On the flipside, I couldn’t stand Katharine. I pity her, on one hand. She’s been abused by the Arrons her entire life as they try to mold her into the fourth poisoner queen in a row, and she’s accepted what they’ve forced on her, even though it’s clearly hurt her deeply. On the other hand, she never really seems to come into her own in Three Dark Crowns, going along with whatever anyone else suggests. She feels empty to me, filled with false agency that’s a front for the whims of the Arrons conveyed through her. I’d like to sympathize with her more, but unlike her sisters, she hasn’t given me much to make me root for her, or even connect with her at a basic level.
And the love interests? Oh god, end me now. I hate every single one of them. Joseph goes around saying Jules is the only one for him, then immediately fools around with Mirabella and keeps getting forgiven. Nope, hard pass. Meanwhile, Pietyr is a manipulative snake out for the power of the Black Council through Katharine, and I feel that he’s just another force pouring his will into Katharine rather than directing her to be her own queen. Not a huge fan of that.
And then Billy Chatworth is just plain dull, and I prefer to ship Arsinoe and Jules. But who’s really surprised on that count?
The most damning thing about Three Dark Crowns, though, is that the pacing is atrocious. For a story about queens competing for the crown, this first installment to the series is largely set-up, and the first full confrontation and display of powers (side note: boy, do I love the magic in this series; it’s kept the rating from dropping too far) doesn’t happen until the very end of the book. I’ve read some books that are on the slower side, but nothing that crawls at quite this snail’s pace. The payoff of the series better be unimaginably huge to redeem the poor start, if you ask me, but we’ll just have to wait and see how the other books pan out. And if I’ll DNF partway through, a rare thing. It’s possible, if the pacing continues like this, but I’m willing to offer a second chance for the time being.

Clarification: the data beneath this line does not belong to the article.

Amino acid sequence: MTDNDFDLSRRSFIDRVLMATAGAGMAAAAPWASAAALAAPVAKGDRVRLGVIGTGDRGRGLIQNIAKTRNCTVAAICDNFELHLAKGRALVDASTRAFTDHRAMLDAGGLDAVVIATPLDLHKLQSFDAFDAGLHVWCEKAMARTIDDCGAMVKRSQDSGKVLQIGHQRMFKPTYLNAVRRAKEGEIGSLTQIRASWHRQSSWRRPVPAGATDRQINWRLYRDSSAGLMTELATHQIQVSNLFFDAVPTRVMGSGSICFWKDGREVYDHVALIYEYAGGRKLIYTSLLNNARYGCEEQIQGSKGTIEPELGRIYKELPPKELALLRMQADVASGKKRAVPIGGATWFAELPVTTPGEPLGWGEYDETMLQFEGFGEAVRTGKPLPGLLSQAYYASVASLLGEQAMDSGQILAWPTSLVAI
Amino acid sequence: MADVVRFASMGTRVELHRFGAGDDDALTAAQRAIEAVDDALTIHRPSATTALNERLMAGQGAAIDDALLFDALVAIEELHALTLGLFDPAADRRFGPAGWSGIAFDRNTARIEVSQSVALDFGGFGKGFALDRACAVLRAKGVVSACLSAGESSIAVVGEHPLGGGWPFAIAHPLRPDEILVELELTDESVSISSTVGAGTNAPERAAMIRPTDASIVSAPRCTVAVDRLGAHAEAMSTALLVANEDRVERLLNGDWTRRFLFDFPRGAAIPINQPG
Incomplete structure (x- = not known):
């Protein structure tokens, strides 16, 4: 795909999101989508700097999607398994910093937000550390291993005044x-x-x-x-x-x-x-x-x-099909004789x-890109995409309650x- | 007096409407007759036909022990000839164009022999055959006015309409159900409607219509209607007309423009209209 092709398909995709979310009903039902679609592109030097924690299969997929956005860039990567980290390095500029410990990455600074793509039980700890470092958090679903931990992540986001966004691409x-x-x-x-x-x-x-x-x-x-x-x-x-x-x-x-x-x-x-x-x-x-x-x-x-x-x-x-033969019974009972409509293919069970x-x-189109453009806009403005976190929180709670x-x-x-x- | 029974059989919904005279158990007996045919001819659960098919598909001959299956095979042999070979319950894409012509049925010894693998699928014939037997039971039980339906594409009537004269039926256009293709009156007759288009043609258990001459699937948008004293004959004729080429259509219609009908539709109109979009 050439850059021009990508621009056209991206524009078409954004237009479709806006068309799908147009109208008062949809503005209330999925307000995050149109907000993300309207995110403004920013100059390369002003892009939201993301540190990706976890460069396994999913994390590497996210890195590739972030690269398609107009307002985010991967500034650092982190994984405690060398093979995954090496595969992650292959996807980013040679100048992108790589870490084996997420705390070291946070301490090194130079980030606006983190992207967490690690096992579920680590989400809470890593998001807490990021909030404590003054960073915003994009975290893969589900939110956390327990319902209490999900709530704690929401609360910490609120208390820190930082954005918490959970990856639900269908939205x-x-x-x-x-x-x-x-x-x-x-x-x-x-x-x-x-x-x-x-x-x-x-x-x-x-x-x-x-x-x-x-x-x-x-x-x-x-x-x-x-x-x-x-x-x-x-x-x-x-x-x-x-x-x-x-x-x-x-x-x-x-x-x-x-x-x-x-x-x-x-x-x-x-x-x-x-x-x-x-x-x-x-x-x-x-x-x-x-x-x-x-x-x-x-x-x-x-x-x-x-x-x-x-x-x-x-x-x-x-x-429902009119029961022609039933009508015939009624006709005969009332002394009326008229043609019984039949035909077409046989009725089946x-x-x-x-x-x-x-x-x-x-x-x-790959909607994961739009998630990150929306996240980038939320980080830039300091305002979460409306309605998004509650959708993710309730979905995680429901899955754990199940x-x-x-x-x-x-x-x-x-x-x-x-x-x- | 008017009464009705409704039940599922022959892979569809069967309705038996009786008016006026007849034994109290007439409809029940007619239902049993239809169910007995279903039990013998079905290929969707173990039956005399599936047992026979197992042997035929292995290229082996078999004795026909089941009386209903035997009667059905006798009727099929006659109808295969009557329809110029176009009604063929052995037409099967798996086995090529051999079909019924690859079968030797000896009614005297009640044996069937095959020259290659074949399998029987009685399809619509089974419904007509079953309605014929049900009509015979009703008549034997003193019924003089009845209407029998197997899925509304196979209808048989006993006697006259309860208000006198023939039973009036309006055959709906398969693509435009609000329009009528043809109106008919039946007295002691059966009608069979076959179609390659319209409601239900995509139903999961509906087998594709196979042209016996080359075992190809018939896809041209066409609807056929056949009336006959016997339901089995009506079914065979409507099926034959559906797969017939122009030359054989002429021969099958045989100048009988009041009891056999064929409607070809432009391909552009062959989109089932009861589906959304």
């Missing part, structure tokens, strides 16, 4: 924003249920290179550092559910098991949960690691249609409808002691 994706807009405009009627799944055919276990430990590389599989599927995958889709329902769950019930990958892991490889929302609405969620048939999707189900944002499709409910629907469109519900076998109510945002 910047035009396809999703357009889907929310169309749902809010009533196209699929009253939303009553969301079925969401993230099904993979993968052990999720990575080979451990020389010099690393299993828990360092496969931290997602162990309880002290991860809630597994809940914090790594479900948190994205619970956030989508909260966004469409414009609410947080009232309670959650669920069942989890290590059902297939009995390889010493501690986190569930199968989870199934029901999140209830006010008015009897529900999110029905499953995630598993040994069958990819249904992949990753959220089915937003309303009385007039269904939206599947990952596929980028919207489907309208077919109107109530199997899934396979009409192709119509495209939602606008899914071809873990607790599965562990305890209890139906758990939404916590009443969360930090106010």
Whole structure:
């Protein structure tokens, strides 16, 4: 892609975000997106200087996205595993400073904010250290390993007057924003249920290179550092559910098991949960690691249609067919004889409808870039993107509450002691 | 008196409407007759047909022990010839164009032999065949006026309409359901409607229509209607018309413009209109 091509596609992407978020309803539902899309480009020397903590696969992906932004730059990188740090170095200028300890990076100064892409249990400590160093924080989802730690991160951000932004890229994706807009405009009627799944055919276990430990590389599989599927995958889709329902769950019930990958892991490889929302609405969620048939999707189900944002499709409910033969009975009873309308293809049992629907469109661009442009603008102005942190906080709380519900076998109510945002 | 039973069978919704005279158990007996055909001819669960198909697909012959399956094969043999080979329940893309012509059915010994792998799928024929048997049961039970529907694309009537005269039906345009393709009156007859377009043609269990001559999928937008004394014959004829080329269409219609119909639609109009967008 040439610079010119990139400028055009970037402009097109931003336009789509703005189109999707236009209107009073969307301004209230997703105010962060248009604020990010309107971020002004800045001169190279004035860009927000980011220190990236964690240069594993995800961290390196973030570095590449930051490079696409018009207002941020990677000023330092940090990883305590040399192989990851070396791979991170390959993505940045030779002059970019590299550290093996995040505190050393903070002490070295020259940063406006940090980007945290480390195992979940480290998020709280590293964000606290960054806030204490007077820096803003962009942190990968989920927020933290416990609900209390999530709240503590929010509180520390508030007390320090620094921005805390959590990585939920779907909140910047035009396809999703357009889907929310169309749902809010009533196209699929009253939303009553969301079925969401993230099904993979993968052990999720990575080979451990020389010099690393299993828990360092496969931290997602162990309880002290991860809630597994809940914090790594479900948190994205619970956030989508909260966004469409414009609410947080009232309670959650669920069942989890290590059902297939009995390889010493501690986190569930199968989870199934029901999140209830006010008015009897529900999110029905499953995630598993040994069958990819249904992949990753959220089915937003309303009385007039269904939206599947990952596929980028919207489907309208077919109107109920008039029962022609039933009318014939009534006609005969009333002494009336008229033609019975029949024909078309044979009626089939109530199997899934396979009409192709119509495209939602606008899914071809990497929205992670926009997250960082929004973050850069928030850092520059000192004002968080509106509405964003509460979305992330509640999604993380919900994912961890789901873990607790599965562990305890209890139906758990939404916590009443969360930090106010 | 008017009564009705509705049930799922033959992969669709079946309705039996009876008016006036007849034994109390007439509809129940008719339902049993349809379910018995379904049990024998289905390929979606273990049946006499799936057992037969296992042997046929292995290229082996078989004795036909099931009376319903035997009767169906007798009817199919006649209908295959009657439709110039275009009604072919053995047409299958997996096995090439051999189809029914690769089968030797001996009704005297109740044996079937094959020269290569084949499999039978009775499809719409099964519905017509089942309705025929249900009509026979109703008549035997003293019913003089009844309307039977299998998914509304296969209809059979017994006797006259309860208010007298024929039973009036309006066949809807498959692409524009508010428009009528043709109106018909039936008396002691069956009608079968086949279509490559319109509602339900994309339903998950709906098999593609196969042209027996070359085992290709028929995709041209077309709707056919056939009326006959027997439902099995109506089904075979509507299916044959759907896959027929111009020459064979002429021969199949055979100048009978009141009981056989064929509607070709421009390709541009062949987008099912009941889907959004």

Overall, two of the queens, one of the side characters, the magic system, and the overall concept have kept me drawn into Three Dark Crowns enough that I haven’t set it aside in disappointment. It remains to be seen whether the romance will improve in any measure, and whether the pacing will shake off the slow start, but I’m willing to read at least one more book in the series to see how well it goes. Hopefully in One Dark Throne, I’ll see more of the island’s history (I’m a sucker for lore, folks), and we’ll get to see more of the queen’s gifts on display, not to mention more of their abilities and loyalties tested.
Three Dark Crowns isn’t the worst book I’ve read, but it isn’t the best, either. If the rest of the series weren’t already published (especially if I’d picked this up when only Three Dark Crowns was out), I doubt I would continue, but the ease of access makes me willing to try.